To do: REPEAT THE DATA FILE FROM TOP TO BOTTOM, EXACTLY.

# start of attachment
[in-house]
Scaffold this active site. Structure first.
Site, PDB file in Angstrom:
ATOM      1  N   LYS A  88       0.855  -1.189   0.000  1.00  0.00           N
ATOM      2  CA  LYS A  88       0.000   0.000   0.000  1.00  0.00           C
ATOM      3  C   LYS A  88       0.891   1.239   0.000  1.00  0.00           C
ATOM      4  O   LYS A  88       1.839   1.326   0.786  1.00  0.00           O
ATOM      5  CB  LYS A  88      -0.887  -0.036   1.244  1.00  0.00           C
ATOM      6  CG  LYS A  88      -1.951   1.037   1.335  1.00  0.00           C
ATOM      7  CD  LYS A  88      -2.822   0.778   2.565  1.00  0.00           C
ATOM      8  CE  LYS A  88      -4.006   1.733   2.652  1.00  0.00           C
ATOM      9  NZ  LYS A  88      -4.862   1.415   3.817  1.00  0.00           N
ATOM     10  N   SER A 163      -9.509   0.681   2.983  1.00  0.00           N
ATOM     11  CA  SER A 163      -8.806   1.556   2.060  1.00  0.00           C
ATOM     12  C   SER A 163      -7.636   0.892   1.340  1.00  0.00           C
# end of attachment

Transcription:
[in-house]
Scaffold this active site. Structure first.
Site, PDB file in Angstrom:
ATOM      1  N   LYS A  88       0.855  -1.189   0.000  1.00  0.00           N
ATOM      2  CA  LYS A  88       0.000   0.000   0.000  1.00  0.00           C
ATOM      3  C   LYS A  88       0.891   1.239   0.000  1.00  0.00           C
ATOM      4  O   LYS A  88       1.839   1.326   0.786  1.00  0.00           O
ATOM      5  CB  LYS A  88      -0.887  -0.036   1.244  1.00  0.00           C
ATOM      6  CG  LYS A  88      -1.951   1.037   1.335  1.00  0.00           C
ATOM      7  CD  LYS A  88      -2.822   0.778   2.565  1.00  0.00           C
ATOM      8  CE  LYS A  88      -4.006   1.733   2.652  1.00  0.00           C
ATOM      9  NZ  LYS A  88      -4.862   1.415   3.817  1.00  0.00           N
ATOM     10  N   SER A 163      -9.509   0.681   2.983  1.00  0.00           N
ATOM     11  CA  SER A 163      -8.806   1.556   2.060  1.00  0.00           C
ATOM     12  C   SER A 163      -7.636   0.892   1.340  1.00  0.00           C